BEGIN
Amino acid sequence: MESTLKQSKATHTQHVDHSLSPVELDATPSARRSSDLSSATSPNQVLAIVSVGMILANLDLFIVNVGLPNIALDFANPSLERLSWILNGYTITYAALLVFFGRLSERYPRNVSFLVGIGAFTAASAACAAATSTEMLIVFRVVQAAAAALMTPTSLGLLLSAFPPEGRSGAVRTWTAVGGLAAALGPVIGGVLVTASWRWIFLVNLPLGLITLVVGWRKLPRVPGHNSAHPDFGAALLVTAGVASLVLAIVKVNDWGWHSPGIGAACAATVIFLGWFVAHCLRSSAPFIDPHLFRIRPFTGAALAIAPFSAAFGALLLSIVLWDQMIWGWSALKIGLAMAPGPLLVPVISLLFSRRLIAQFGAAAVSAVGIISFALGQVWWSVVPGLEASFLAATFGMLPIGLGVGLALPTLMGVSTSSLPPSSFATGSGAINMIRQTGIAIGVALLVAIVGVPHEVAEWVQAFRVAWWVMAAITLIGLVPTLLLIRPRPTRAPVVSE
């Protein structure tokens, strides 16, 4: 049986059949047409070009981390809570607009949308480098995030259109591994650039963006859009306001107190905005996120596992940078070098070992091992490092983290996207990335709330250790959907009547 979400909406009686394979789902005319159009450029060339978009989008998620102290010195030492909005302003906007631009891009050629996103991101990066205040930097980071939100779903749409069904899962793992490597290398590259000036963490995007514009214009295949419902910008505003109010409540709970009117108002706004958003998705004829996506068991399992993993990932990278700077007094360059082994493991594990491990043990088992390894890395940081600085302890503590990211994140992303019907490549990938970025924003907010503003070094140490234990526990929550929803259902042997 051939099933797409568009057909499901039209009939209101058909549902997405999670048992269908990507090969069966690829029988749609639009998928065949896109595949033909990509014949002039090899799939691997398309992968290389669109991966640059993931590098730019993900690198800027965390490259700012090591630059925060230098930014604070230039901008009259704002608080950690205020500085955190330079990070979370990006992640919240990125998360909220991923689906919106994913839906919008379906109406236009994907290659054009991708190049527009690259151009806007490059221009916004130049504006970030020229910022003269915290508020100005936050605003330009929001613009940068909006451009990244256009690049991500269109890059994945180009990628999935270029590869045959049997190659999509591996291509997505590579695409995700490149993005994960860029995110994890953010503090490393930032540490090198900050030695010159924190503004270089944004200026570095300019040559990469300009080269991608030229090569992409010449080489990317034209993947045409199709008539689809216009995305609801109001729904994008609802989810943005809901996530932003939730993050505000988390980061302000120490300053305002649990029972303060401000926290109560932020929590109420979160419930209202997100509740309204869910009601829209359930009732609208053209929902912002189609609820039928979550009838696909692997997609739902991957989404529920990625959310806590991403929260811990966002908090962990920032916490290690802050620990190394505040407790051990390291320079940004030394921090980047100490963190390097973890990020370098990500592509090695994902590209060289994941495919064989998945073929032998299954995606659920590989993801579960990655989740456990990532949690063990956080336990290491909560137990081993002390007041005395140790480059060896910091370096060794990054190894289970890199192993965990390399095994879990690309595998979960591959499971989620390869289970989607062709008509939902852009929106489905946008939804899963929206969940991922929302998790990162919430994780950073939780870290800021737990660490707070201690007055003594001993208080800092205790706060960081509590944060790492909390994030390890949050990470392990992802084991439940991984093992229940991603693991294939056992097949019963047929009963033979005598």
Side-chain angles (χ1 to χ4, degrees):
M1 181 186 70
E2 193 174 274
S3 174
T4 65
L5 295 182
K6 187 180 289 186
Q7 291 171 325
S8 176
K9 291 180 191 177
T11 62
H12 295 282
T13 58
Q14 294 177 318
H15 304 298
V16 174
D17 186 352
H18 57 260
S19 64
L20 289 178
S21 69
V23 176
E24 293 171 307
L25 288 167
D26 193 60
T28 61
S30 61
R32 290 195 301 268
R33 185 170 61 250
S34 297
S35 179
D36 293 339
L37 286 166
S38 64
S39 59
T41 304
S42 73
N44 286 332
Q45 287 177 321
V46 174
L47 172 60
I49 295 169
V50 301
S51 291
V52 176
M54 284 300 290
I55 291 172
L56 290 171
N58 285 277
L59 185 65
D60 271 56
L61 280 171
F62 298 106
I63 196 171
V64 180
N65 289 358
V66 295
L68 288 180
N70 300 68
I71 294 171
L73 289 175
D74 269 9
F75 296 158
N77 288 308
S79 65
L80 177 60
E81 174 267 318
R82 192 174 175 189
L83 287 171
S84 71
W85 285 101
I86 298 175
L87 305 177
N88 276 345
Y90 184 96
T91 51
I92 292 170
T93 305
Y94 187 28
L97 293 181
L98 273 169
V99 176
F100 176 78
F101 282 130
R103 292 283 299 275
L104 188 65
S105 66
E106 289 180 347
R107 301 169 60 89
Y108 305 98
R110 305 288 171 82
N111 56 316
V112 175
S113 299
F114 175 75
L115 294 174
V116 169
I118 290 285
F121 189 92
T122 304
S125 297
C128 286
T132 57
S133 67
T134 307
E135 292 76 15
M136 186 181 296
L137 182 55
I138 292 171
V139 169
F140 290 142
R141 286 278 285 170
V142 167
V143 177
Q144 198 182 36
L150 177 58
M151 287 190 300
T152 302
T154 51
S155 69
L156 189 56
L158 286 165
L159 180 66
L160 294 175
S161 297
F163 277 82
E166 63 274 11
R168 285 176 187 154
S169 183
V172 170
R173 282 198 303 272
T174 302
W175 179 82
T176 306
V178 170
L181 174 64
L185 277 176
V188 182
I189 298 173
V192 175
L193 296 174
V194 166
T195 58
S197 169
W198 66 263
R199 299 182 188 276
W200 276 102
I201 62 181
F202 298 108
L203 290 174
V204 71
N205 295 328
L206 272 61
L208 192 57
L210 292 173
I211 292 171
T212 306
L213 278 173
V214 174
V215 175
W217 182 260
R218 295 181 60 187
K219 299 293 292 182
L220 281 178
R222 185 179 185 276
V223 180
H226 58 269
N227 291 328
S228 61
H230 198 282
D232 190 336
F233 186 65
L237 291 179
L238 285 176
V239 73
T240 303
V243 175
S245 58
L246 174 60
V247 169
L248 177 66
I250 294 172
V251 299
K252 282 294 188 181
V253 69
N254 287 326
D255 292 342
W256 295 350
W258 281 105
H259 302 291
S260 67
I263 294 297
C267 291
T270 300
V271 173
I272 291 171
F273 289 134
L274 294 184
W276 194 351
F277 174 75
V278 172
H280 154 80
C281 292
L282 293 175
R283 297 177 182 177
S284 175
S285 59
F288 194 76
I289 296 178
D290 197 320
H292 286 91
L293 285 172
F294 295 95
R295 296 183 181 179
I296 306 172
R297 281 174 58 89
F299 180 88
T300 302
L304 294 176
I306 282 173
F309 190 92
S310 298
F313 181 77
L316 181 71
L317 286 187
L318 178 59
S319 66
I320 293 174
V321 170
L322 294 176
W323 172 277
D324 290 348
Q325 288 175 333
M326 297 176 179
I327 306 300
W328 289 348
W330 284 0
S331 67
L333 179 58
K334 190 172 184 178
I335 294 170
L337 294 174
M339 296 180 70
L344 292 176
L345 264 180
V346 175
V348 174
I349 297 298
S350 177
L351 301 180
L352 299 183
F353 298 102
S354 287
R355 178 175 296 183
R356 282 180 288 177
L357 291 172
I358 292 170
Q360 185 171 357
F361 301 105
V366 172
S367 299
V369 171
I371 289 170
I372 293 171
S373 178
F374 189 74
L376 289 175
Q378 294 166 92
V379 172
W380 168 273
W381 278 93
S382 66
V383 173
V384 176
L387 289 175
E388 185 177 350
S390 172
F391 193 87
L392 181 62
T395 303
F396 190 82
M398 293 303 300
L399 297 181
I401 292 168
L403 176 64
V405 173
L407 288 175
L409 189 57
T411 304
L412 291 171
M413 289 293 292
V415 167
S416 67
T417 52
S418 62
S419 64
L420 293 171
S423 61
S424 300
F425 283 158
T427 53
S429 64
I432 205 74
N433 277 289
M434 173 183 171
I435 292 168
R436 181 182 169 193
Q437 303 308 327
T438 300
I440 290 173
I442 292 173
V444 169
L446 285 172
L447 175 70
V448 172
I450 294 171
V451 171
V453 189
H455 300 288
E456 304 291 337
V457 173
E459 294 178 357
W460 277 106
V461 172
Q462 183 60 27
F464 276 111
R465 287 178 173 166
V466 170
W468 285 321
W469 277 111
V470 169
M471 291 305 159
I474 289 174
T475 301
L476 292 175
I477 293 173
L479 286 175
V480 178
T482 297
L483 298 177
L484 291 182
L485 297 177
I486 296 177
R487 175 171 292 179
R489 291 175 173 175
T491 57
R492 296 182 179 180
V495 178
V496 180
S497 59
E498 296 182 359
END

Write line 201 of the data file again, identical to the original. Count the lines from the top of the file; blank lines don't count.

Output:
W276 194 351